Now in Legal Rebels:
Posted Dec 03, 2007 08:37 pm CST
A federal judge in Utah has thrown out a guilty verdict in an assault case against an American Indian defendant because of jurors’ racist remarks during deliberations.
Rather than focusing on the allegations against defendant Kerry Dean Benally, who was accused of assaulting a federal officer investigating a report that Benally was driving erratically, several jury members instead discussed what they claimed were the drinking habits of Native Americans, reports the Salt Lake Tribune. Besides discussing what “they” do when they get drunk, several jurors also reportedly talked about the need to send a message to the reservation about such misbehavior.
Granting a defense motion for a new trial, U.S. District Judge Dale Kimball held Nov. 20 “that two jurors had failed to answer honestly during jury selection about whether they had preconceived ideas about American Indians,” the newspaper reports. Kimball also noted that the verdict may have been impacted by a juror’s discussion during deliberations of similar cases he had heard about from family members in law enforcement. The statements came to the judge’s attention because a juror complained to to the defense, several days after the October verdict, about racist remarks she said were made in deliberations.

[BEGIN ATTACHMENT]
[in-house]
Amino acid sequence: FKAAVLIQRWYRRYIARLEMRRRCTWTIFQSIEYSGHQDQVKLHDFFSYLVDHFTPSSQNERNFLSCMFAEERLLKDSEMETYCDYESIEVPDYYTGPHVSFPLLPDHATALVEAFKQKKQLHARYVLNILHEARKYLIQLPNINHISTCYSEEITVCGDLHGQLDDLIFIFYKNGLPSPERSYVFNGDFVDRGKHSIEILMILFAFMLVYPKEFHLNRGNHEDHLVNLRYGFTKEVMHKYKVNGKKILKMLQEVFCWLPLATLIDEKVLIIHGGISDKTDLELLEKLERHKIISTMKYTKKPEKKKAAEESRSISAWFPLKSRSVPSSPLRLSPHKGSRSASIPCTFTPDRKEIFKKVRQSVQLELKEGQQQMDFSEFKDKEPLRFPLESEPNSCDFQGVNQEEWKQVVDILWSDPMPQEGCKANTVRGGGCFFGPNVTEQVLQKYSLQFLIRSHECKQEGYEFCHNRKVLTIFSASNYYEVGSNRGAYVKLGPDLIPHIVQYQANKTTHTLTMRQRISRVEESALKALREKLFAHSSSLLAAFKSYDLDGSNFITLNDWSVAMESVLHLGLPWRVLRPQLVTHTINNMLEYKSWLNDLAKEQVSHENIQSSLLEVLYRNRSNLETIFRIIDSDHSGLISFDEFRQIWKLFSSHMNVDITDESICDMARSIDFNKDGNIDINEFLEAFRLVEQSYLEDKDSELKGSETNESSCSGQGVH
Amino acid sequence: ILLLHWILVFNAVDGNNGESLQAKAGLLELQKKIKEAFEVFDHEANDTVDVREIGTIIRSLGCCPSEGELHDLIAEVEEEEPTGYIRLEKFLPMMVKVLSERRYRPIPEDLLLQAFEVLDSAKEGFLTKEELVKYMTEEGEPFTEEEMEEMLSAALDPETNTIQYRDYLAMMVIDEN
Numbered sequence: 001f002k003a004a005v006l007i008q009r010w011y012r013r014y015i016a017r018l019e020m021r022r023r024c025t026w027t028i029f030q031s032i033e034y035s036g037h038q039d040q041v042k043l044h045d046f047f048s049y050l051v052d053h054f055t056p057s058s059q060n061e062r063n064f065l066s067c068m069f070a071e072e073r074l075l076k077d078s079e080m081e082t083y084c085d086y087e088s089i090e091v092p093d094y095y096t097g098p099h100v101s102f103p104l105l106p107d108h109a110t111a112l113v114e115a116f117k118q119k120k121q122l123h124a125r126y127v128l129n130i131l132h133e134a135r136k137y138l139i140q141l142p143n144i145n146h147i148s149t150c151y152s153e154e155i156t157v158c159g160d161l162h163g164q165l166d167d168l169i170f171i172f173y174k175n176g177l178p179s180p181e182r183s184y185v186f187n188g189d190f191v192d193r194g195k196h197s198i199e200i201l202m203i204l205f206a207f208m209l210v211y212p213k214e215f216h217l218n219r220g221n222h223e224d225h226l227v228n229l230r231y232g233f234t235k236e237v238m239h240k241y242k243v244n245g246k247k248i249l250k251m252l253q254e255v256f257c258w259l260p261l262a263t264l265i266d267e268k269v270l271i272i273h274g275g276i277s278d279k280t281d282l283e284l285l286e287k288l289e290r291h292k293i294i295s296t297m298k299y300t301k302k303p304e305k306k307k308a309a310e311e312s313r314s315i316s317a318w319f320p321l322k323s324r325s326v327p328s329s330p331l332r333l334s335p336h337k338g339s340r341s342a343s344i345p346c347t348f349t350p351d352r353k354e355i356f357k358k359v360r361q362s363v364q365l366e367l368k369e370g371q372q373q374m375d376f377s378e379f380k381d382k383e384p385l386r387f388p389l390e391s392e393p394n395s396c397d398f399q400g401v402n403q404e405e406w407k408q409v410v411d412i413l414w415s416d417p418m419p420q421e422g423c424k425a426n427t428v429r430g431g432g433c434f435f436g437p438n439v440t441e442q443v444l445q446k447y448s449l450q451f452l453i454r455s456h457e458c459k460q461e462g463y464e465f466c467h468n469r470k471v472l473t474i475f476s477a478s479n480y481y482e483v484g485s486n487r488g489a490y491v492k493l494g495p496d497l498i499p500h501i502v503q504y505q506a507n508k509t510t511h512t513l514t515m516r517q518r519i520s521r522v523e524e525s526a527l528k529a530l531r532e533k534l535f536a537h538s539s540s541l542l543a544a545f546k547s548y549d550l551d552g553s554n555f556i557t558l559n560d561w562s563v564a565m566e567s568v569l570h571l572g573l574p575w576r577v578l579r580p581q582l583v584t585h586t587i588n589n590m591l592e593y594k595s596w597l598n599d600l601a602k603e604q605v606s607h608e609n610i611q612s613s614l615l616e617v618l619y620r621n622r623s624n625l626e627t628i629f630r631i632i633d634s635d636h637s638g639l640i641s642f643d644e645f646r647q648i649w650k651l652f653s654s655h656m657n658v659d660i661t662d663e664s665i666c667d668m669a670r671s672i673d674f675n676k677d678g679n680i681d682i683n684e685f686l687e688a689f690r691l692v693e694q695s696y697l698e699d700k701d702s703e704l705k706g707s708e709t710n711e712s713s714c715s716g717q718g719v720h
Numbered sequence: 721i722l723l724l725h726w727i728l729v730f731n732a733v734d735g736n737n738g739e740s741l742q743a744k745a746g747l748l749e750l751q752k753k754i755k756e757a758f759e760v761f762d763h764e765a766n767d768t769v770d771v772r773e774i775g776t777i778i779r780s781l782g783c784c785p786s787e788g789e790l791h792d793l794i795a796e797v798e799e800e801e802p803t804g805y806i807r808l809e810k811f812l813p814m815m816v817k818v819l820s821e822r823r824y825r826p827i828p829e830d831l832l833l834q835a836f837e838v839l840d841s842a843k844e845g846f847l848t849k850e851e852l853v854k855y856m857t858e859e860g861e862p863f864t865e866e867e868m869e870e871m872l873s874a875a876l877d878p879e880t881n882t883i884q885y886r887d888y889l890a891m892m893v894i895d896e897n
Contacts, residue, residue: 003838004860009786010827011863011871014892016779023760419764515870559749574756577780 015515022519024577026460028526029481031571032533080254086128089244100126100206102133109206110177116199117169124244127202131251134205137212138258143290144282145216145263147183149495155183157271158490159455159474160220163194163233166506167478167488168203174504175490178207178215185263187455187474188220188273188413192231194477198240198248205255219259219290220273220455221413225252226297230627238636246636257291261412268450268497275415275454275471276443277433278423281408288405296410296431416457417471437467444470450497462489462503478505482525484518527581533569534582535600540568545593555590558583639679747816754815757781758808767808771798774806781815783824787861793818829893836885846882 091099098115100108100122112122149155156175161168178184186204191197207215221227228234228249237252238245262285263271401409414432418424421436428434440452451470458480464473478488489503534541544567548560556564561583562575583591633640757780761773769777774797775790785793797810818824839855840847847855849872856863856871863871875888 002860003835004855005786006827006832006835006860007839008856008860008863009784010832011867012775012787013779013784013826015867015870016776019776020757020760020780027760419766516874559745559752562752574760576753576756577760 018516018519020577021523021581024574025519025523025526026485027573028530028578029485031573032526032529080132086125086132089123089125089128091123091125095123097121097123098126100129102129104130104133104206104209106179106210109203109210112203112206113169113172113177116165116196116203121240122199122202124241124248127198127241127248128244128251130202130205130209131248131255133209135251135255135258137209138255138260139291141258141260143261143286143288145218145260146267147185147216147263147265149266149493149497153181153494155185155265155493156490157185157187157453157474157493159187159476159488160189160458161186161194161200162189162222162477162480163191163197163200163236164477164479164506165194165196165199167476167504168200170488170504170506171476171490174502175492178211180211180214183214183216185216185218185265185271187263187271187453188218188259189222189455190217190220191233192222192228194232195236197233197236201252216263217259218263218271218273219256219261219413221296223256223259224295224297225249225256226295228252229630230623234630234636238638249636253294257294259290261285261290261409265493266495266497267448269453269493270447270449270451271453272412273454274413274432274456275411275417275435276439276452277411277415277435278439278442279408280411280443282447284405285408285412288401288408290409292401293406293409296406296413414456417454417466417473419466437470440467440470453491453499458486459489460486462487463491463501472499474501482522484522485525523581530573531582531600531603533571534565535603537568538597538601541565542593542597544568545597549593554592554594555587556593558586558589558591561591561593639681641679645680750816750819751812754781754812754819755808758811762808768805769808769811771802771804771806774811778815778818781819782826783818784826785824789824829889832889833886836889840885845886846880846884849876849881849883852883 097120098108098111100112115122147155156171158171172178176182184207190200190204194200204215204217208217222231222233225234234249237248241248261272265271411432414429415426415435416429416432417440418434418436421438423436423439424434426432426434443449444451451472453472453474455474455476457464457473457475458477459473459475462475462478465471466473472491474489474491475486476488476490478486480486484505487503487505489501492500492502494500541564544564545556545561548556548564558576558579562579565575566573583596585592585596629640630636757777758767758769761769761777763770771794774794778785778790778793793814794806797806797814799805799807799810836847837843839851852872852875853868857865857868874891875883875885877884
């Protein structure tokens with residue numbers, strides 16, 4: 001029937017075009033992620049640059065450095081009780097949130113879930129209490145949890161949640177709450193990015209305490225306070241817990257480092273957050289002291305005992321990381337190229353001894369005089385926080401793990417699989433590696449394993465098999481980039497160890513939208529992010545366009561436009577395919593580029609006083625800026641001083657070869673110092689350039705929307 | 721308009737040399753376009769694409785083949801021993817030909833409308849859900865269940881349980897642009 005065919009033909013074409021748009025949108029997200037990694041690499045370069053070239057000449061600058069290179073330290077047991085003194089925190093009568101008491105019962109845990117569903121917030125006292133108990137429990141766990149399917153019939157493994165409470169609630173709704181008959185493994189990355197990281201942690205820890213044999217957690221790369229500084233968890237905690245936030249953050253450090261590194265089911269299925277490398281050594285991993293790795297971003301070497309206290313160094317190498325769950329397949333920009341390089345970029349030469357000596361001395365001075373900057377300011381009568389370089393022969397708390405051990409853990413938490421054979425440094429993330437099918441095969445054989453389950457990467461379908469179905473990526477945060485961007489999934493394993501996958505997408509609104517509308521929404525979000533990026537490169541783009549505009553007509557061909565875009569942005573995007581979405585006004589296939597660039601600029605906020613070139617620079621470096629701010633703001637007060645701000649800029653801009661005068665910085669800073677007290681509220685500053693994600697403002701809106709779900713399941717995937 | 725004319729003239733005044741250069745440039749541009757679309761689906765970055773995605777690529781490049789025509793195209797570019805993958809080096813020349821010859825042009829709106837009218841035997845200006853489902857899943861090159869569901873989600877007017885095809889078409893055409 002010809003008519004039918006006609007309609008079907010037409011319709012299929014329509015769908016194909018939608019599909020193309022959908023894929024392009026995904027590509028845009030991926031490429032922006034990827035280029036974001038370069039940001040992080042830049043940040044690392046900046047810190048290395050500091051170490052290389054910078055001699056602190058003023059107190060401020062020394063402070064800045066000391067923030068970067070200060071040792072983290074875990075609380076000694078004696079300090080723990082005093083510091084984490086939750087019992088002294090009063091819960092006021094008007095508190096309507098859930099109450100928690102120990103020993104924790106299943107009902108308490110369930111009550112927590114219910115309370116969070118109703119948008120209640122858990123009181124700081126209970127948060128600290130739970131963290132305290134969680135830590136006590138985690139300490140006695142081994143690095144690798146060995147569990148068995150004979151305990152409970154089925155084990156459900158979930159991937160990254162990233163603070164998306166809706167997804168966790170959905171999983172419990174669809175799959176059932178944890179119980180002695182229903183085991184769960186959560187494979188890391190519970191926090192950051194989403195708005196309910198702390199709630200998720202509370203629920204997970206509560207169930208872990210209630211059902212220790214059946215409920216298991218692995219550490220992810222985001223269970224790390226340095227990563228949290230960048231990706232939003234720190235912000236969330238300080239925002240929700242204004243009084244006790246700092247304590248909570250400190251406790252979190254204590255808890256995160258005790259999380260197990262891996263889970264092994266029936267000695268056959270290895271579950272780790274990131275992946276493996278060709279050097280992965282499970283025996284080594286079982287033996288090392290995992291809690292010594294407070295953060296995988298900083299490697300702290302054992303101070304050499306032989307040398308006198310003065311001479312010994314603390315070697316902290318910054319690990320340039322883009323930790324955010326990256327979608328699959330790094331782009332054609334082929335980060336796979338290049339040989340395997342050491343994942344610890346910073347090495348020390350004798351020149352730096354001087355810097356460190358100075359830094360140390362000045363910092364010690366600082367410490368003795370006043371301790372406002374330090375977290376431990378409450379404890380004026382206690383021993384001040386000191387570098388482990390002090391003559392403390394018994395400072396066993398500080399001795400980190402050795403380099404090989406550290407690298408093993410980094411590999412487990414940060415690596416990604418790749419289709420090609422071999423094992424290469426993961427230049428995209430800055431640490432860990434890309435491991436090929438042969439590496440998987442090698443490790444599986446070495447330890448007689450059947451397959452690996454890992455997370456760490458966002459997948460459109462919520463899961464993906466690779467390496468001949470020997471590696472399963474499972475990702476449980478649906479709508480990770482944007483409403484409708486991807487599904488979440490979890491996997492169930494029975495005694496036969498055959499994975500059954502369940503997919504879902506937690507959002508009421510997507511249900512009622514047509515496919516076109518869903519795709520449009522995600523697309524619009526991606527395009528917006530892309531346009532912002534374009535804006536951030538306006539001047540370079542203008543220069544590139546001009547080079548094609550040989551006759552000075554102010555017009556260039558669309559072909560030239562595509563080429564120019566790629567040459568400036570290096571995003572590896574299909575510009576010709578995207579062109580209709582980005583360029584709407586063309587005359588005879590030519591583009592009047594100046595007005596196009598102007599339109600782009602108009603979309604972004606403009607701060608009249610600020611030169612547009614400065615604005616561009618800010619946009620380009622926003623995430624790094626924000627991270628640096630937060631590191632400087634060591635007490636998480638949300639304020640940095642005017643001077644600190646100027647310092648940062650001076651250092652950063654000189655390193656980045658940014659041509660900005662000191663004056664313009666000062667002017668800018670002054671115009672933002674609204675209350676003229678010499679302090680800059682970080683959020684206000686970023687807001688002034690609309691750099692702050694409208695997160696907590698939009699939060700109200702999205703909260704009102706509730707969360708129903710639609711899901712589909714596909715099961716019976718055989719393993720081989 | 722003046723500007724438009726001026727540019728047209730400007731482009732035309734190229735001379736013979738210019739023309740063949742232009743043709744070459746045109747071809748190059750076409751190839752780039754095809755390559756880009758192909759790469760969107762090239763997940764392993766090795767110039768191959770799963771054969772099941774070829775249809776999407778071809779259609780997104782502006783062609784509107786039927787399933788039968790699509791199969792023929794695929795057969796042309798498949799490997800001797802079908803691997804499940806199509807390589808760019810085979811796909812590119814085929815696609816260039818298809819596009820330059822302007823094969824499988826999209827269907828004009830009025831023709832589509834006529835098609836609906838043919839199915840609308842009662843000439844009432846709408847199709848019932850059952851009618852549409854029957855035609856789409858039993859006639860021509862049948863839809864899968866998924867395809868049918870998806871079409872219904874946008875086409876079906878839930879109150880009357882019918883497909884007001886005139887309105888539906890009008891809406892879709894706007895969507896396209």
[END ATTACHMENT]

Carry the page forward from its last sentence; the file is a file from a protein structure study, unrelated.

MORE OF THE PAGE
The U.S. Attorney’s Office opposed the motion, and said in a brief alleged juror statements that they lived near a reservation and saw American Indians drink don’t prove bias. “Even when bias is shown, a new trial is only required if the misconduct was so prejudicial that defendant did not receive a fair trial,” wrote prosecutor Trina Higgins.
The case was heard in federal court because it arose on the Ute Reservation.